Exploring Particular Facets of Cognitive Emotion Regulation and Their Relationships with Nonsuicidal Self-Injury among Adolescents

Nir Madjar, Nicole Segal, Gilad Eger, Gal Shoval

Research output: Contribution to journalArticlepeer-review

Abstract

Background: Nonsuicidal self-injury (NSSI) has been found to be associated with poor emotion regulation. Aims: The goal of this study was to examine the association of multidimensional cognitive emotion regulation strategies with NSSI among adolescents and compare the different patterns of NSSI. Method: A sample of 594 high-school students (54.4% boys; mean age = 14.96 years), from five regional schools across Israel, were assessed for five facets of cognitive emotion regulation strategies (acceptance, refocus on planning, positive refocusing, putting into perspective, and positive reappraisal) and NSSI behaviors using validated scales. Participants were allocated into three groups: repetitive NSSI (more than six occasions of NSSI; 7.1%), occasional NSSI (at least one incident but less than six; 8.3%), and no NSSI (84.6%). Results: Analysis of covariance, controlling for gender and depression symptoms, revealed that students with NSSI reported higher levels of acceptance, but lower levels of refocus on planning and putting into perspective. Limitations: The study used a cross-sectional design, which was a limitation. Conclusion: These findings demonstrate that particular cognitive emotion regulation strategies differ substantially in their relationship with NSSI. Adolescents who focus on planning and putting stressful situations into perspective may have increased resilience, whereas adolescents who are accepting of negative events that have happened may be more prone to maladaptive coping behaviors.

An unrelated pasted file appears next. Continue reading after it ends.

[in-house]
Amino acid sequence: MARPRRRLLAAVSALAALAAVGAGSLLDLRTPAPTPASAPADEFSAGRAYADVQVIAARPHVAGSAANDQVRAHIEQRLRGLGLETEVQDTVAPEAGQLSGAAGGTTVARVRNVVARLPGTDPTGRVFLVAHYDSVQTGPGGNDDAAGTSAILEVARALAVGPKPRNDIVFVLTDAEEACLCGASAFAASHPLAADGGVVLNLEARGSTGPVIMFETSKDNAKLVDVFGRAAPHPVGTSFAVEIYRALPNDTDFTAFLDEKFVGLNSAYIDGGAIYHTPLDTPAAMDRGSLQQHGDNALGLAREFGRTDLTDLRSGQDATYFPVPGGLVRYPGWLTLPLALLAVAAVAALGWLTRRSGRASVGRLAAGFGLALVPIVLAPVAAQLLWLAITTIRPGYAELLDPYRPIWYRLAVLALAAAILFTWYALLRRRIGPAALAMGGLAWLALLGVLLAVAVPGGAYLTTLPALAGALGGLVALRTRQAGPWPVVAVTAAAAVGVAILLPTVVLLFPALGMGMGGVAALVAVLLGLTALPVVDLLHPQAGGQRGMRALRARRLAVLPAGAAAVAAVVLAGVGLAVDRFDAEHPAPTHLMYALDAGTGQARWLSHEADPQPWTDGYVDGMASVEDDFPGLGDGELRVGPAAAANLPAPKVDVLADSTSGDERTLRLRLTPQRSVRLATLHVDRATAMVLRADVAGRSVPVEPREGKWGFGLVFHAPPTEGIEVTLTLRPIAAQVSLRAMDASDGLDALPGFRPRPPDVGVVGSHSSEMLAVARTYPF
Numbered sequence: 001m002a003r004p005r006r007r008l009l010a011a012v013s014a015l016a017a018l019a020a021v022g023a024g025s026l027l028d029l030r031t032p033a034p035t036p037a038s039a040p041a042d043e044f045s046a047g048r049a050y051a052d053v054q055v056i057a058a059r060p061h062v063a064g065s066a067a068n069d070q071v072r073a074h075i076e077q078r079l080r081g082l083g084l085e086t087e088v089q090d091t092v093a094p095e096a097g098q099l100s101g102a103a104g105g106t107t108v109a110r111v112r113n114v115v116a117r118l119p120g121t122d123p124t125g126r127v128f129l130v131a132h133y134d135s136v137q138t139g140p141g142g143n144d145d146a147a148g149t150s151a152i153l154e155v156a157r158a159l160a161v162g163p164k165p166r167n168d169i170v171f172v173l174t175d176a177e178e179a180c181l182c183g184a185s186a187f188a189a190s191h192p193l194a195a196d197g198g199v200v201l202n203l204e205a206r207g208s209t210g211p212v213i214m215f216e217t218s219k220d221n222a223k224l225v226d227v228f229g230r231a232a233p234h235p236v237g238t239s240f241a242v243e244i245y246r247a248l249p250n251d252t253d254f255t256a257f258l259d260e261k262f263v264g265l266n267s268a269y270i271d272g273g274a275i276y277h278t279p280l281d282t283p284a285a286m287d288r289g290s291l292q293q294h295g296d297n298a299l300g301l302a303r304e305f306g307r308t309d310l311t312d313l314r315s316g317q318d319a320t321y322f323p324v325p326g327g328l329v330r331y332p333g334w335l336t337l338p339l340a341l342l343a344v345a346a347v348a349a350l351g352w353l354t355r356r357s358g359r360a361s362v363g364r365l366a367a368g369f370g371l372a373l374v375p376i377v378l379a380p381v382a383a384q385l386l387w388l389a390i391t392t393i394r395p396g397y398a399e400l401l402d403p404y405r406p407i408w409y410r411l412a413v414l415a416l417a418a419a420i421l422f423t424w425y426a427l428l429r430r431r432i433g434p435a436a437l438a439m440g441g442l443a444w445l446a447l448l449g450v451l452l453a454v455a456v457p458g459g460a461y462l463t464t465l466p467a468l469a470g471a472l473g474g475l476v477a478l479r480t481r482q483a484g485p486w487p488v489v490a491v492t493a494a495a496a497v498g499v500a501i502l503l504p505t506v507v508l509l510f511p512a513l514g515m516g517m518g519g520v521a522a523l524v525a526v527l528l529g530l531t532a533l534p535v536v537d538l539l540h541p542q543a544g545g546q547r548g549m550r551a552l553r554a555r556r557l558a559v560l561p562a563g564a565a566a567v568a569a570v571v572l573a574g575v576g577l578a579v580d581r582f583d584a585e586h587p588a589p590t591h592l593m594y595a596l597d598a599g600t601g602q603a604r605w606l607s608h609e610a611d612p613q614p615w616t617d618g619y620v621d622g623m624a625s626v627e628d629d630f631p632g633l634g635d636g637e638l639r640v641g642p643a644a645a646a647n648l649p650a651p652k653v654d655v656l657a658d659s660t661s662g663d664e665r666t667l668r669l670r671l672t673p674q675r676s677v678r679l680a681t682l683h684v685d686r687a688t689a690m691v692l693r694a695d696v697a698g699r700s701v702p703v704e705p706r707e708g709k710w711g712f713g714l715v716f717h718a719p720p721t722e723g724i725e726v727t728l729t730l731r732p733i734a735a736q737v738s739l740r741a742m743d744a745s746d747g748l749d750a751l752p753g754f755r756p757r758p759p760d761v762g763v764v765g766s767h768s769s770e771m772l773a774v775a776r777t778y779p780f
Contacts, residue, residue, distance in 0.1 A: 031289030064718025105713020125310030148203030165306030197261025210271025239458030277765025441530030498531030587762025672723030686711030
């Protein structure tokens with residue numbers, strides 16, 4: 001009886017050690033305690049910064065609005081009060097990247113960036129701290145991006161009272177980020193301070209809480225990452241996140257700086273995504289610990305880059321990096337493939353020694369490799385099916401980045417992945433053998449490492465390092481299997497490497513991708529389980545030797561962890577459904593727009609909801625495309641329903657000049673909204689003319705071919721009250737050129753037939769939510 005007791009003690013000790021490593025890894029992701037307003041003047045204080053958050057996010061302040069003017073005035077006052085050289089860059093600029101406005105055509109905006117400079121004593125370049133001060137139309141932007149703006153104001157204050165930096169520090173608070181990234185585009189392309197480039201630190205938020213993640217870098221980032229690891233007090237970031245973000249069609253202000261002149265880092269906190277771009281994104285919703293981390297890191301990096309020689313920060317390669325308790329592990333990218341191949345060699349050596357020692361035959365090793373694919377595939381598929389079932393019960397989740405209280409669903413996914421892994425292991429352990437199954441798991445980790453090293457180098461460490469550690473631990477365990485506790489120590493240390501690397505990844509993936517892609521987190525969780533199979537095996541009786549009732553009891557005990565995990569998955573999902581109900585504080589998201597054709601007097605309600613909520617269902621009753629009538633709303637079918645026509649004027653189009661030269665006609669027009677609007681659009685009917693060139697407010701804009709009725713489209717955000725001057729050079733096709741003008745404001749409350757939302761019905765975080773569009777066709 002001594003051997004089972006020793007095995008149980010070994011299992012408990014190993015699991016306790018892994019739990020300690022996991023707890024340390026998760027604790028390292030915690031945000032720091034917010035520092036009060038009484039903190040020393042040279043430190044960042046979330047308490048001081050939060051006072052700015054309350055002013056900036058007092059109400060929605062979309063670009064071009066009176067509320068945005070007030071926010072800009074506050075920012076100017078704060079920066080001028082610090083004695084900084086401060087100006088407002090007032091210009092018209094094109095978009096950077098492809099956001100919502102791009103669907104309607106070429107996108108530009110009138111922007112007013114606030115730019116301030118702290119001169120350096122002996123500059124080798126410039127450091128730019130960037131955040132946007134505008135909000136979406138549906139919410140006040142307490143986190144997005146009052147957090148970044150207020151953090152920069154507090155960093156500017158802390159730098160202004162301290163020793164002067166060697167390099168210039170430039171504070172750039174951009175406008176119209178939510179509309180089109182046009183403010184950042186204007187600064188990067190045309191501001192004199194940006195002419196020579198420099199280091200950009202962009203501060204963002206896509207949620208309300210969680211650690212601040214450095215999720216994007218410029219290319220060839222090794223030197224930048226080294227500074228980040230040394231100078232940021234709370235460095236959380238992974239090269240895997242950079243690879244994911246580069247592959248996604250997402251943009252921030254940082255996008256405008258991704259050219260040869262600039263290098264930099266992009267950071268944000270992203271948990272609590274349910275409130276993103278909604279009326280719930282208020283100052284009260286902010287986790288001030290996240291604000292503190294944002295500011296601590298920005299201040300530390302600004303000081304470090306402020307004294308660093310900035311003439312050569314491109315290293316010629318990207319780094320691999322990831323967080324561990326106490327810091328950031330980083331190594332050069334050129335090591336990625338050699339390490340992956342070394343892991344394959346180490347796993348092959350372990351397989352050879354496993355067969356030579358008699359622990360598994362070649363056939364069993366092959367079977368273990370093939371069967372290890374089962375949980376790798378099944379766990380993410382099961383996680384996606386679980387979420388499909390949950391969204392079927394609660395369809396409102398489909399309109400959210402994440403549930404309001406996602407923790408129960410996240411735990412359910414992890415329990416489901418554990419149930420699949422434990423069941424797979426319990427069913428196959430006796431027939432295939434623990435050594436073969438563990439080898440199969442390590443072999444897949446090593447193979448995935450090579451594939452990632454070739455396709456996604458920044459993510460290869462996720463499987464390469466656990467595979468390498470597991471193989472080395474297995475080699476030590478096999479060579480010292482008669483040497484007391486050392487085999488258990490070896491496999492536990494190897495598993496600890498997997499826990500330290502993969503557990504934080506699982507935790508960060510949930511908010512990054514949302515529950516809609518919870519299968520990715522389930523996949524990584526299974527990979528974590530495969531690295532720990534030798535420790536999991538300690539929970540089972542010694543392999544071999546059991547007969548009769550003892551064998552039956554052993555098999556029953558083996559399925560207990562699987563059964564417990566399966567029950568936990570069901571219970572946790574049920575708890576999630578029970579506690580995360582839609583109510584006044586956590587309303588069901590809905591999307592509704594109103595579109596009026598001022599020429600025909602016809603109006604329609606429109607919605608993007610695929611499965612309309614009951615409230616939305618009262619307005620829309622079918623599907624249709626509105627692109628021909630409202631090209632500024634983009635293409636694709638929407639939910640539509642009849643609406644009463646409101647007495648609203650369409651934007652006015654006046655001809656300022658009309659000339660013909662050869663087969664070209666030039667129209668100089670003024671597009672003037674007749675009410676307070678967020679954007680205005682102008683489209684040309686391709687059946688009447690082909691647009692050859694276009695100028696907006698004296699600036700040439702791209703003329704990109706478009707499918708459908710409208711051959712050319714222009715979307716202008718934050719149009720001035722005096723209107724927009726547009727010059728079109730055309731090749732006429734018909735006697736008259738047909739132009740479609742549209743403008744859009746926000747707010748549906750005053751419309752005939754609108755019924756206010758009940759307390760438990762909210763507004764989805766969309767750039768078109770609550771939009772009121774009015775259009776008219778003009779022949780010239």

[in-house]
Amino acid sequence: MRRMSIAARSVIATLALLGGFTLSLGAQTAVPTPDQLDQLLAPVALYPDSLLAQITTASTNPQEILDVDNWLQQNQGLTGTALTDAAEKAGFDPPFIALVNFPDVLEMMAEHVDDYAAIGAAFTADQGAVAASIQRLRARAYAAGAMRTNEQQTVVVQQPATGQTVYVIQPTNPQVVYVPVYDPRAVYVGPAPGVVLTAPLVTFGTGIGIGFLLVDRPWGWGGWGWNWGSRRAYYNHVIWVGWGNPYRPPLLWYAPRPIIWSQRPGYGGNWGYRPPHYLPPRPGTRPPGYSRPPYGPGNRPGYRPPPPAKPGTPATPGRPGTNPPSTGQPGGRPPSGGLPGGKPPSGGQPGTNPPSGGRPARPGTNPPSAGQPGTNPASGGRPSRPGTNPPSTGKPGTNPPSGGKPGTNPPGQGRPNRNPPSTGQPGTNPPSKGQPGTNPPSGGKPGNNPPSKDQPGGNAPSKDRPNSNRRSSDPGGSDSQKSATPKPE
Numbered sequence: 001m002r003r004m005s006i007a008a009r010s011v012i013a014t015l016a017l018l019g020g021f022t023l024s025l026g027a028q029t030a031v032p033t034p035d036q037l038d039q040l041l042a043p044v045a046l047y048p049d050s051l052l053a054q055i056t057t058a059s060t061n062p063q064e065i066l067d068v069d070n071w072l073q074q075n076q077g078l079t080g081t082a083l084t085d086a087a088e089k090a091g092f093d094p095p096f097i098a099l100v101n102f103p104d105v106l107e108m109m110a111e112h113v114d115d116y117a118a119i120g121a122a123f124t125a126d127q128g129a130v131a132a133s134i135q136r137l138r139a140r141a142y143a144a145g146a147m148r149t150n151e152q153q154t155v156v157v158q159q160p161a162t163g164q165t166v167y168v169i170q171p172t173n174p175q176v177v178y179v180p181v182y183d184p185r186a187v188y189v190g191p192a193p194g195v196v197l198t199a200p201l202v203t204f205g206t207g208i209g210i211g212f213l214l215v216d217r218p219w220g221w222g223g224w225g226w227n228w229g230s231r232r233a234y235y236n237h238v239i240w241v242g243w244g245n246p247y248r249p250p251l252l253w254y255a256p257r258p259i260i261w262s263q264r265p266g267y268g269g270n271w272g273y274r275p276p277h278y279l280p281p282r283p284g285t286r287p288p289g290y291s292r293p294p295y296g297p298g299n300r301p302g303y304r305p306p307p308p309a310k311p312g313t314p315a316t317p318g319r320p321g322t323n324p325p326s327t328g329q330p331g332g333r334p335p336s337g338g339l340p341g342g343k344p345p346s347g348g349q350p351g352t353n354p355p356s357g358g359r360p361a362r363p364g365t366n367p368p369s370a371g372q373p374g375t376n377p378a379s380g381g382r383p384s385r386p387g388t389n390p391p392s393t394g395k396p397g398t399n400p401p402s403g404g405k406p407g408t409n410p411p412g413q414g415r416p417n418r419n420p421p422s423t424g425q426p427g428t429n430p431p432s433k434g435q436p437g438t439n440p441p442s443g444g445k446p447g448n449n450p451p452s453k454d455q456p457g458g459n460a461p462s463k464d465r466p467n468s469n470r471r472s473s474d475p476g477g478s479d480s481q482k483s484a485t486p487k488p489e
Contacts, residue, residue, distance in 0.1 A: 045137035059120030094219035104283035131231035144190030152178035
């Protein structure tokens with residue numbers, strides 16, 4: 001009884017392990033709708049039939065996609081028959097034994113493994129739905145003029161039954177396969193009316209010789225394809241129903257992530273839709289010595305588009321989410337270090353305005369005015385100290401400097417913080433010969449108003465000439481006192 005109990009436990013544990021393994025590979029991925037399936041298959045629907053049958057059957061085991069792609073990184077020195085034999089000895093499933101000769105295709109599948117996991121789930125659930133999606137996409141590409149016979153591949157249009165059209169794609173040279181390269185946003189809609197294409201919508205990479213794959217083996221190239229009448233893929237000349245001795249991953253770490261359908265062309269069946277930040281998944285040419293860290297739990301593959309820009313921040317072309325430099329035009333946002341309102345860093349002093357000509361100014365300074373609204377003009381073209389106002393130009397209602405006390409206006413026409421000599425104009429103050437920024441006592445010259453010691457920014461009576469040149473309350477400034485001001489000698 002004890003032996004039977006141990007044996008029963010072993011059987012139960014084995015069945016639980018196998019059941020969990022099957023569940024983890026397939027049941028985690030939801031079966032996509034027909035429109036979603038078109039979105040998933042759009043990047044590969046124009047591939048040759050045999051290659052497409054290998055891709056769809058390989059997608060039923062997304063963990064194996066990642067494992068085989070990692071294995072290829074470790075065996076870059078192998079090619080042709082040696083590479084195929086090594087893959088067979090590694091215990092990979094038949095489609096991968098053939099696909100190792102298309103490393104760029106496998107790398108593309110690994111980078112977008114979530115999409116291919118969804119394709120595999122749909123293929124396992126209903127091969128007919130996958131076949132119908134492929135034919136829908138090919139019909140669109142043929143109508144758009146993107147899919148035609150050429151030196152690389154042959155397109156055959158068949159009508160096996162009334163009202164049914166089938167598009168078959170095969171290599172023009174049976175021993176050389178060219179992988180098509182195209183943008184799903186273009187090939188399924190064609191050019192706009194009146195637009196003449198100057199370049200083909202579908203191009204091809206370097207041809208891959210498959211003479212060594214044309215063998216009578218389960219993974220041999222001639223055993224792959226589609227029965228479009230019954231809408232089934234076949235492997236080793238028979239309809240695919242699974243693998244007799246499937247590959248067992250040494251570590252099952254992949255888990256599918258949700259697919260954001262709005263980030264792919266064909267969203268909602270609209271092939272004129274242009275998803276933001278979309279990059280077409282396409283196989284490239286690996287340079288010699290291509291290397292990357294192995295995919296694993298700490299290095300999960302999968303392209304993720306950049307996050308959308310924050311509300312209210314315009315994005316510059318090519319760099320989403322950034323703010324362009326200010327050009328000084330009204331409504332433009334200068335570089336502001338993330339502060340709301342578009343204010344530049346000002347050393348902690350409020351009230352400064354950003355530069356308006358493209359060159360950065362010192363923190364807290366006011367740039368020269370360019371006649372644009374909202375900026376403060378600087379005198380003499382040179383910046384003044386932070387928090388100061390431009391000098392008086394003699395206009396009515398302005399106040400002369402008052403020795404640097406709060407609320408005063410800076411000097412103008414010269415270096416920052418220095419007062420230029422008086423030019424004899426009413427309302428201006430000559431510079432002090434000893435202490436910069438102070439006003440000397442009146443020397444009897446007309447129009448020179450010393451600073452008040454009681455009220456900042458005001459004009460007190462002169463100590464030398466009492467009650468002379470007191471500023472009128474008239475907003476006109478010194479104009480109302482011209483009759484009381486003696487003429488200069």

Original languageEnglish
Pages (from-to)280-286
Number of pages7
JournalCrisis
Volume40
Issue number4
DOIs
StatePublished - 2019

Keywords

  • adolescents
  • depression
  • emotion regulation
  • NSSI
  • self-injury

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